Past Is No Prologue for Markets in New Paradigms

From oil to European elections to the Fed, investors can no longer ignore the warning signs.

Black swans are flocking.

Photographer: Christian Petersen

I recall, with great fondness, the words of 1970s Canadian rock group Bachman-Turner Overdrive when they sang “You Ain’t Seen Nothing Yet." I believe that it may be an applicable phrase for what is coming our way. There are the black swans, and there is the horizon, and I can see the birds winging in our direction.

Rarities or not then, we have singularities approaching, and we had better be prepared for what we might encounter. With the swirl of geopolitical and economic events that confront us, the future may not be extrapolated from the past any longer. There is no status quo. It sulked off into the wilderness with Brexit, the election of Donald Trump, the ascension of the U.S. shale oil industry and a Federal Reserve about to be populated with at least three new people appointed by President Trump -- and probably business people. We are off on new adventures.

Take oil. The U.S. now has the largest reserves of any nation on the planet. This was made possible by technology that allowed for our shale oil industry and horizontal drilling, and it continues to improve and lower the cost of American energy. OPEC, in my view, is a “dead man walking” and they can publicize production cuts, cheat on them as always, and bang their heads against their proverbial wall of deceit. It makes no difference.

In my estimation, oil will be used to offset the infrastructure build-outs and the growth in military spending. Oil will be the equalizer. This will get done by new laws taxing oil importation and by granting tax credits for oil exportation. This may be done on a country-by-country basis, favoring a few nations, but the effects will be profound.

Remember, Mr. Trump’s “Buy American—Sell American—Trade American” has another side, and it is “Tax American.” It will be better to generate revenues here, and then tax them, than handing our money to foreign governments.

Also remember that “America First” means “Them Second,” and in the case of some members of OPEC it will mean they become 129th in line. The “fickle finger of fate” will not be the only finger they will be getting. I look for oil to head to $45 soon, as some of these foreign governments, with social programs set at $70 to 100 per barrel, froth at the mouth and possibly end up in resurrection or even revolution. A 50-year cycle is being broken.

In terms of the Fed, the economists, the academics and the ivy-walled contingent are about to be pushed aside by Trump. I do not care about the Fed’s dot plot, or the unending diatribes from central bank officials, or their notions of “normalization,” any longer. Trump’s appointees will push them aside quickly, and the focus that markets place on their every word, and even pronunciation of them, will soon be a thing of the past.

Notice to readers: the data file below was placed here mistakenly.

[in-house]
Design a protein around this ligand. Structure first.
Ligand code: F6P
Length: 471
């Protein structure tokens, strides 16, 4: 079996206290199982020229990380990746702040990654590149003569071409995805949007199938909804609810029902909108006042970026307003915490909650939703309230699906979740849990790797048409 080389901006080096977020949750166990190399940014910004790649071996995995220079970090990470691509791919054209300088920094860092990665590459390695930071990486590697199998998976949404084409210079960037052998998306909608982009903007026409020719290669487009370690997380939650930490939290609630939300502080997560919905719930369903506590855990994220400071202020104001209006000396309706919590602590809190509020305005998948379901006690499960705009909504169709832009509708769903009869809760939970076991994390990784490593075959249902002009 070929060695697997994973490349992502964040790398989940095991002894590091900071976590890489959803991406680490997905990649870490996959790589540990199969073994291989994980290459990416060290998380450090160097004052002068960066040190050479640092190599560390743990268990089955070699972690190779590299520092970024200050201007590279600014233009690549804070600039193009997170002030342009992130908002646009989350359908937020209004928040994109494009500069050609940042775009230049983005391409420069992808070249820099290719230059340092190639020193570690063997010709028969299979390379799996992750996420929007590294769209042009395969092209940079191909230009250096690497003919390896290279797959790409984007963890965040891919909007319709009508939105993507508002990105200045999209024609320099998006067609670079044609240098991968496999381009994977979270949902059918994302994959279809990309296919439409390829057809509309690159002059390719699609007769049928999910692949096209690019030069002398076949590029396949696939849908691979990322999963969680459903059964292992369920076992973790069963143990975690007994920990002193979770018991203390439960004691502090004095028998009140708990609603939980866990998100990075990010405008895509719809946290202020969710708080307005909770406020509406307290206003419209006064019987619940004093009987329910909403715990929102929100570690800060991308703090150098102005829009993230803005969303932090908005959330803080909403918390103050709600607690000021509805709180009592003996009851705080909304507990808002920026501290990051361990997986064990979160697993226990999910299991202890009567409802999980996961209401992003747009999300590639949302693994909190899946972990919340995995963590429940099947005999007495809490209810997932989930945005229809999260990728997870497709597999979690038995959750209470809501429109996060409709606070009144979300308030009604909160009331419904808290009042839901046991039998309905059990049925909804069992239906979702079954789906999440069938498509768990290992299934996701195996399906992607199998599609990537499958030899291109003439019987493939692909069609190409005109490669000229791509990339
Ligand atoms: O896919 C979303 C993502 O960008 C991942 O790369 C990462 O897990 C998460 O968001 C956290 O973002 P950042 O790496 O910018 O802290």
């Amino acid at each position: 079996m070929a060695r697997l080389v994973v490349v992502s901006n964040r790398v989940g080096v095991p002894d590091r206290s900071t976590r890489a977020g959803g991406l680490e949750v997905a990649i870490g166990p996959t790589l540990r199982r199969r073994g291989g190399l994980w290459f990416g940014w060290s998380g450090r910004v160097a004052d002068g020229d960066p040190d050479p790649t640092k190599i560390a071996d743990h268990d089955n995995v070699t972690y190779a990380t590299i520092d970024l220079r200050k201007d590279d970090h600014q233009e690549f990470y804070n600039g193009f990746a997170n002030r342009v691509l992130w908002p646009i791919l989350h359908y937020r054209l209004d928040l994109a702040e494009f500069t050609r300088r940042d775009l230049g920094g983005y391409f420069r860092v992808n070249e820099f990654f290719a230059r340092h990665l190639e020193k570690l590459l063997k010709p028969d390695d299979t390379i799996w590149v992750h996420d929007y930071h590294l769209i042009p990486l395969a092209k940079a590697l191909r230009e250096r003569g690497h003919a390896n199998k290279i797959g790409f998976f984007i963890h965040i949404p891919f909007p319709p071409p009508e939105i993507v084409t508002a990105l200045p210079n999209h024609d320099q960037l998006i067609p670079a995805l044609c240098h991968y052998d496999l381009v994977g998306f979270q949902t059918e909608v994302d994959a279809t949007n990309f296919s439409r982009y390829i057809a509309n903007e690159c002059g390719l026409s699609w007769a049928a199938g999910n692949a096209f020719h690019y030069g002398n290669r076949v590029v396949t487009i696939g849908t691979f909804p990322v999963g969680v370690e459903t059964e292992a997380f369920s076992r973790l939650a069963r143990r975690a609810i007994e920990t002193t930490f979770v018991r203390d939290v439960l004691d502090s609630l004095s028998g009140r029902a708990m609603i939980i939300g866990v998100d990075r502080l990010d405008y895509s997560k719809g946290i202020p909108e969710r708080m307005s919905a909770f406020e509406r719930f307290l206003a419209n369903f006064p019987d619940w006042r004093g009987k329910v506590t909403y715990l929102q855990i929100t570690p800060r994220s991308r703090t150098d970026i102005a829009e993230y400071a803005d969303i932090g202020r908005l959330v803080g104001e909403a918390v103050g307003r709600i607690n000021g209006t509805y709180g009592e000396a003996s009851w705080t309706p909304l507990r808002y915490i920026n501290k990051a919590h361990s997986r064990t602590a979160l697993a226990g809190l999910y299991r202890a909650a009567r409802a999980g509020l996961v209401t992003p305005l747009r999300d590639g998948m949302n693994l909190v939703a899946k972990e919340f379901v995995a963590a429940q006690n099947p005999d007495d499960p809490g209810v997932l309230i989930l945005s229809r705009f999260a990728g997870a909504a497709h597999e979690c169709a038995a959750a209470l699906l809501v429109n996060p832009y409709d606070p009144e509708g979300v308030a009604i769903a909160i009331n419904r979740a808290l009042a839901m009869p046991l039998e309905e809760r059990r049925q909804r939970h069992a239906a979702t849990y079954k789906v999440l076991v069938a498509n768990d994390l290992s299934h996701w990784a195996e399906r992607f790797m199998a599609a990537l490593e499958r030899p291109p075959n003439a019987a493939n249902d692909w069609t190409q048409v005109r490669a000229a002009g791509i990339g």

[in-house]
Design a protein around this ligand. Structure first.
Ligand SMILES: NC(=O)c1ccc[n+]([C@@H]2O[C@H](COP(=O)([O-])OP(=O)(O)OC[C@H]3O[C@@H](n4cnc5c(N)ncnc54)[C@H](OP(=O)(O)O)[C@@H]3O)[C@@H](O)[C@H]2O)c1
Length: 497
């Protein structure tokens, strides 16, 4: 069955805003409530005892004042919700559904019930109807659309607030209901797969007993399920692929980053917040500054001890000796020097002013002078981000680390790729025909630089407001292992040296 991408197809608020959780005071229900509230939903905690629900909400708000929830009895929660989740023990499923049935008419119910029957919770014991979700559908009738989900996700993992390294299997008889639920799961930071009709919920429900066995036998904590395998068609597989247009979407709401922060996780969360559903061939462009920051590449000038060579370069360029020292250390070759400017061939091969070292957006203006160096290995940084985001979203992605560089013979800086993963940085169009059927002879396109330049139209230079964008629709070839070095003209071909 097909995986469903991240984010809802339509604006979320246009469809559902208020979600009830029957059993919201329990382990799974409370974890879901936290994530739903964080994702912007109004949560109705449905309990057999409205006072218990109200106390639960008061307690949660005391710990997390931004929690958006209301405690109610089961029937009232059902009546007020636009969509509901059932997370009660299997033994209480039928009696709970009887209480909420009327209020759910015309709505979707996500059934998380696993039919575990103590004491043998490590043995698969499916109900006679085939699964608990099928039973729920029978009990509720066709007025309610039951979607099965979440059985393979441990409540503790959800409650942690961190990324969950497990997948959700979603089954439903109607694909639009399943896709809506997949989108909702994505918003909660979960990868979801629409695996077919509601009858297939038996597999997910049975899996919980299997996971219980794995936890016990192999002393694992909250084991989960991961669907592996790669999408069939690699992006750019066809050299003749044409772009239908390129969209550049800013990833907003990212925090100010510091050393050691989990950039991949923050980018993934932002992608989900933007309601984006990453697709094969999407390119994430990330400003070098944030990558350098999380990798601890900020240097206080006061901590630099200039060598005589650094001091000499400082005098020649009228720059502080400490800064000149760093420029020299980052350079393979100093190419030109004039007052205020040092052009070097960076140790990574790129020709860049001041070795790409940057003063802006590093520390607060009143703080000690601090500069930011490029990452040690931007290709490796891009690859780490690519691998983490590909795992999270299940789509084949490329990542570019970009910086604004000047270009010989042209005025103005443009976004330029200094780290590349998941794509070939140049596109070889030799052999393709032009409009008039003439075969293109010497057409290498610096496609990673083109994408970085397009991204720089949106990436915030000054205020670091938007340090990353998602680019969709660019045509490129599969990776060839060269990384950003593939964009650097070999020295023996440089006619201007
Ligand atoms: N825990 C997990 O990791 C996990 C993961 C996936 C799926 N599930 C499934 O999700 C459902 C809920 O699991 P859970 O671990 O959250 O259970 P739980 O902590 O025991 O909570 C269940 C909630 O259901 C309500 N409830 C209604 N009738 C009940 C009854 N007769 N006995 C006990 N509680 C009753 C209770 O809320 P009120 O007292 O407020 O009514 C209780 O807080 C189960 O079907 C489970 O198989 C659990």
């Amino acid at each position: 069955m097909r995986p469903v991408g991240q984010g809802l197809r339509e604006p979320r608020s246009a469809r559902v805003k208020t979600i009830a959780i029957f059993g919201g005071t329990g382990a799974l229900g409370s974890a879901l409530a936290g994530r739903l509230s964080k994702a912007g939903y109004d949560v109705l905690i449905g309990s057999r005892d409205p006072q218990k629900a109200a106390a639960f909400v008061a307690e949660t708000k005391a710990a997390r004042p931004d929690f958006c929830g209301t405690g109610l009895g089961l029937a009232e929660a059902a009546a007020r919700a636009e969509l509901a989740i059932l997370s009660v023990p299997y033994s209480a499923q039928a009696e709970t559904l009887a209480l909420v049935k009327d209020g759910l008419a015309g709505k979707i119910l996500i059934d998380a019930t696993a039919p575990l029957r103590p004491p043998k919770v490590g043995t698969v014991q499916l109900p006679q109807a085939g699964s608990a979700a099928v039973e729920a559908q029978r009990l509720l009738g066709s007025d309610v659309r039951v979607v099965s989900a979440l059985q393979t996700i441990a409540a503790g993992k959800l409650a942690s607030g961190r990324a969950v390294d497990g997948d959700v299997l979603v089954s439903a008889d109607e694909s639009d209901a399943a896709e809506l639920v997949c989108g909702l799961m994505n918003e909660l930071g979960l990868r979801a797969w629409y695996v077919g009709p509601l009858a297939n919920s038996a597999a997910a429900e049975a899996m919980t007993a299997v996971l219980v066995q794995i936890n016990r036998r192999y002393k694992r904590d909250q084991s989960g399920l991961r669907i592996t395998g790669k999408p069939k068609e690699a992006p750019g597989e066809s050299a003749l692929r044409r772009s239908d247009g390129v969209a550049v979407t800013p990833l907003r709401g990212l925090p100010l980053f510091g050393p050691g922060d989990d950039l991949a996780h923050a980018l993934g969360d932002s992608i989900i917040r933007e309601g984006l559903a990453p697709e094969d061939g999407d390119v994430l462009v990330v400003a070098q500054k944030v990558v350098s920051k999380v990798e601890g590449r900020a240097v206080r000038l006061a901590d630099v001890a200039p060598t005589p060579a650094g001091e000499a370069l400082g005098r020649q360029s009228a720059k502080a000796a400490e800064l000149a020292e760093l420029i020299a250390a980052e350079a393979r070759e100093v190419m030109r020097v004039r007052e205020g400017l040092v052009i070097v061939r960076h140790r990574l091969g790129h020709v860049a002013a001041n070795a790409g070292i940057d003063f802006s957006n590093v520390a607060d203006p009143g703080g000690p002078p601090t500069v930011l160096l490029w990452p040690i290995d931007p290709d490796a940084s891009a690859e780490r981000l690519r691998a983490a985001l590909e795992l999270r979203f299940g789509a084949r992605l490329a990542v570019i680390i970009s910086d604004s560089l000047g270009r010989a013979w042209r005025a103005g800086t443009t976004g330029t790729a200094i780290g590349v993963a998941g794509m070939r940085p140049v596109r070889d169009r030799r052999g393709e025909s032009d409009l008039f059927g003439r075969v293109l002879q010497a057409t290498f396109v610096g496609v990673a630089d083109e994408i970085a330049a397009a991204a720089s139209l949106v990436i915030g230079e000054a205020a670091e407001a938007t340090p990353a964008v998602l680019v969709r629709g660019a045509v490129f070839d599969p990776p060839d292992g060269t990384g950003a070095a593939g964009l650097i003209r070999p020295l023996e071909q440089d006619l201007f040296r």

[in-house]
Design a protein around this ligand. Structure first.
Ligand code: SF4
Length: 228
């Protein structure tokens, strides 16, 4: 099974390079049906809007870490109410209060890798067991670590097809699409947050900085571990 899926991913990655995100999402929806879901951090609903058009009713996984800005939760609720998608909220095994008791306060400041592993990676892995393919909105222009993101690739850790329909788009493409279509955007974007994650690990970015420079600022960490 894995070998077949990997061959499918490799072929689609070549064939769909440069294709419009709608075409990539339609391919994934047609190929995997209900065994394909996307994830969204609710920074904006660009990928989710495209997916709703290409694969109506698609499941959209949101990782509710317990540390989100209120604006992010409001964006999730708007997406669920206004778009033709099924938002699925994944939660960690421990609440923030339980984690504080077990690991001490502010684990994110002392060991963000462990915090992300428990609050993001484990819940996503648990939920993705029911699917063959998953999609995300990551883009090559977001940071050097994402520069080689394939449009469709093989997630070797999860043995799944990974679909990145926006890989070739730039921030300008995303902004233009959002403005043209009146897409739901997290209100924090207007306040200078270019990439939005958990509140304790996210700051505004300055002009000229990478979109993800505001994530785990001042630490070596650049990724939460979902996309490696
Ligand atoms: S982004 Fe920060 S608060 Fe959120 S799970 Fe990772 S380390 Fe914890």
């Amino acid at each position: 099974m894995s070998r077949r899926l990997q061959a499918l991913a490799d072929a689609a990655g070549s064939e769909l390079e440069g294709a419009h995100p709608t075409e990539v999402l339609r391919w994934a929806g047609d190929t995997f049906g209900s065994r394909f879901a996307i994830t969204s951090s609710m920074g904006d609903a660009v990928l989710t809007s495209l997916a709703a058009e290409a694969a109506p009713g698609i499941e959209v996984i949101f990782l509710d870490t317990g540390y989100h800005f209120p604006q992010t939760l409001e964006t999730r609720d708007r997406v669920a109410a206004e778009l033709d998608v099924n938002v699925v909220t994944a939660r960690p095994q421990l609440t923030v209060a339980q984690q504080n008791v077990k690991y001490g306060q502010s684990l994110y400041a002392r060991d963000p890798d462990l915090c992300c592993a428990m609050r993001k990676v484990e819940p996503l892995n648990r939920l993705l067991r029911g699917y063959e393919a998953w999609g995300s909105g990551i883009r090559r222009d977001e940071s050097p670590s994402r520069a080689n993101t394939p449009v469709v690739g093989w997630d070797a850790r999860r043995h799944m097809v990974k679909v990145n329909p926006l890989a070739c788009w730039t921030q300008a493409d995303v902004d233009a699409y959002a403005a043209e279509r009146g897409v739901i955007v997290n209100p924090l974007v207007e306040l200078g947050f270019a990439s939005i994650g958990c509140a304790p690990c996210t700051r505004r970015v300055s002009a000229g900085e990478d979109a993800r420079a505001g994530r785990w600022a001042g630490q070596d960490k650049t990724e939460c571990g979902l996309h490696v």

In Europe, the Dutch election is today. I do not predict a “Nexit,” but the new government will surely be far less friendly to the European Union than the last one. If Nexit somehow does occur, then the swan will be both black and blue, because it will mark the beginning of the end of the EU.

Then we have the French election and along with it a possible “Frexit,” no agreement (once again) on bailing out Greece, probably an Italian election, and the distinct possibility of a real rupture in the Italian banking system, which is effectively broke and being held together by some European Central Bank glue that will not last for very long. Europe is at a tipping point, and any number of forthcoming events could send Europe over the edge and into the abyss.

We are right at the Maginot Line when it comes to interest rates. The 10-year Treasury yield support/resistance line is 2.61 percent, in my calculations. Unlike other bands, at lower levels, this one is critical because if we break it, there is not much to support any stops until it reaches 3 percent. Consequently, breaking 2.61 percent will lead to serious slowdowns in equity buy-backs, commercial lending, commercial real estate and residential mortgages, and it will significantly impair revenue growth in the U.S.

With Trump’s plan to spur growth through tax cuts and less regulation, I am highly dubious that he is going to allow the Fed to wander about, under the guise of “normalization,” and send interest rates higher.

This column does not necessarily reflect the opinion of the editorial board or Bloomberg LP and its owners.